By Michael Feingold
By Elizabeth Zimmer
By James Hannaham
By Christian Viveros-Faune
By Christian Viveros-Faune
By R. C. Baker
By Michael Feingold
By Michael Musto
For more than half a century, Lee Bontecou has been peering into the cosmos. Her famously imposing three-dimensional vortexes of the early 1960s—grungy swaths of canvas stitched onto spiraling armatures—grabbed your attention with the gravitational strength of black holes. From the same period, in drawings and lithographs, spherical objects appeared as wayward moons or space capsules. Later she rendered odd creatures or weird plant life, and at MOMA last year, she introduced a spectacular structure of arcing filaments and porcelain knobs, suspended in space like a golden satellite.
Now, at age 80, she's launching starships. Hung from the ceiling, several fish-shaped forms sail through the universe with curved bows that resemble wind-filled spinnakers. Bontecou made them by stretching small squares of old canvas between wire ribs, then covering the surfaces with white, NASA-like cladding (porcelain). Various features—rudders, landing gear, antennas, portholes—are charmingly abstracted with bits and pieces. If you look close enough at the center of one ship, you'll find a cylindrical, Star Trek–ish engine. Elegant as mobiles, these voyagers also happen to be pretty good metaphors for the artist's long, imaginative journey across the years.
On the floor below, like glimpses of a fertile planet, two sandboxes hold strange flora, assembled from a variety of material—spindly and spiky stalks, brittle gray flowers, geometric ferns, translucent pods. Throughout the gallery, graphite drawings demonstrate a longtime fascination with the swirling void. Never easy to categorize (which might account for a period of neglect, now happily corrected), Bontecou's work keeps taking you to the outer limits.
Sue de Beer: Haunt Room
If you found Carsten Höller's funhouse gimmicks at the New Museum nothing but child's play, head over to the High Line, where Sue de Beer's 14-sided chamber, Haunt Room, will mess up your body and mind, possibly conjuring ghosts. Step inside the empty space and listen to a kind of roaring, interrupted every so often by booms and buzzing. Your brain, eyeballs, and other organs will start to vibrate. Dizziness might follow, and then—for the particularly sensitive—apparitions.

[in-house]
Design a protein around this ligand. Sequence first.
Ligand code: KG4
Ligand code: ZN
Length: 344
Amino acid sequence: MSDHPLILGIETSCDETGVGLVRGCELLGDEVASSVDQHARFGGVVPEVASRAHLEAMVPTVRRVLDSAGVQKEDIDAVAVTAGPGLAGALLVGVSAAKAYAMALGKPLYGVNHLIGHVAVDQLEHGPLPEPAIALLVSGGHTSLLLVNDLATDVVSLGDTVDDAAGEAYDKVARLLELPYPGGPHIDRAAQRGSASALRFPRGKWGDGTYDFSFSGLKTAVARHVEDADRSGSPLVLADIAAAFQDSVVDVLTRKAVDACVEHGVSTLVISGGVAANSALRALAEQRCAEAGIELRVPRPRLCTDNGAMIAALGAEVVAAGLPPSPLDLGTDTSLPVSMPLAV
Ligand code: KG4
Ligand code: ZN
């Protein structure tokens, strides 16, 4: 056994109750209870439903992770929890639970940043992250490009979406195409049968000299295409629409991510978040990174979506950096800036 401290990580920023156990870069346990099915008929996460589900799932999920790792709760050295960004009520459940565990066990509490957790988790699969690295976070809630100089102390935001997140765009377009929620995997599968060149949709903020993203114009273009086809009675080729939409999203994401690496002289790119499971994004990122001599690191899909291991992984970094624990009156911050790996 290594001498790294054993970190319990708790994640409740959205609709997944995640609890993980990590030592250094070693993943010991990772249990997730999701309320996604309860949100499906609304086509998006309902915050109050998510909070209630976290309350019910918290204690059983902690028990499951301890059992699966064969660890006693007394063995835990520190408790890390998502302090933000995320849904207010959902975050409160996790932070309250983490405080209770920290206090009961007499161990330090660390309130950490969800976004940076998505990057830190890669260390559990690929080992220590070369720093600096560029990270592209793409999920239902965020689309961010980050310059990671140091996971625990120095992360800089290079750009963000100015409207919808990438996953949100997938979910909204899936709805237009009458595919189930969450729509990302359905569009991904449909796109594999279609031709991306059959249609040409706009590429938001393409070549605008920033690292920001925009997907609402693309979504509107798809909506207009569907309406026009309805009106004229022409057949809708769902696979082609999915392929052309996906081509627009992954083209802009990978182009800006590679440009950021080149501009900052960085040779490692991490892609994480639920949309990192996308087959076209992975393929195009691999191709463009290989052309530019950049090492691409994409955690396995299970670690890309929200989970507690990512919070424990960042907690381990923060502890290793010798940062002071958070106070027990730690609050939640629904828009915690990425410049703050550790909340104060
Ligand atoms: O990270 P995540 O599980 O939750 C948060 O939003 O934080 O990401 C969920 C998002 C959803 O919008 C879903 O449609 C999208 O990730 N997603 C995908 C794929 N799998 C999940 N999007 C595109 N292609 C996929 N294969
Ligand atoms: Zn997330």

Known for video installations of esoteric horror, de Beer is doing something simpler here, more direct. She's pumping recordings of wind, thunder, and electronica through special speakers that envelop you with infrasound—low-frequency pitches below the human ear's range but powerful enough to disturb the senses. Reported effects from researchers (one of whom inspired the artist) include odd chills and spectral visions. Conspiracists will talk about the Nazis and the CIA using such sonic waves for mind control. You might feel, in fact, as if you've emerged from some transformational sci-fi machine, like William Hurt in Altered States (one of de Beer's favorite films, by the way). Without representational or conceptual guidance—except, perhaps, for the warnings posted outside—the art here is pure sensation, literally touching (and likely unnerving) your core. 14th Street Passage, the High Line, 212-500-6035, thehighline.org. Through December 4.
A sweet contemplation on divine and personal faith, Eija-Liisa Ahtila's 33-minute quasi-documentary, The Annunciation, follows a women's support group acting out the moment in the Gospel of Luke when Mary learns from an angel God's intent to impregnate her. Three surrounding screens, each showing a different view, place you in the middle of things. An earnest gal with dreadlocks, who has confessed her belief in immaculate conception, rehearses Mary's astonishment at the news, while the angel tries on her wings and giddily practices flying in a harness. In the end, when everyone appears to become the characters they play, the biggest miracle is cinema itself.
Elsewhere, the artist examines nonhuman existence with video of a giant spruce. By presenting the tree on the horizontal and dividing it into six independently filmed segments that stretch across a wall, Ahtila lends surprising intimacy—and distinct spirituality—to an immense living thing we all take for granted. Marian Goodman Gallery, 24 West 57th Street, 212-977-7160, mariangoodman.com. Through December 3.
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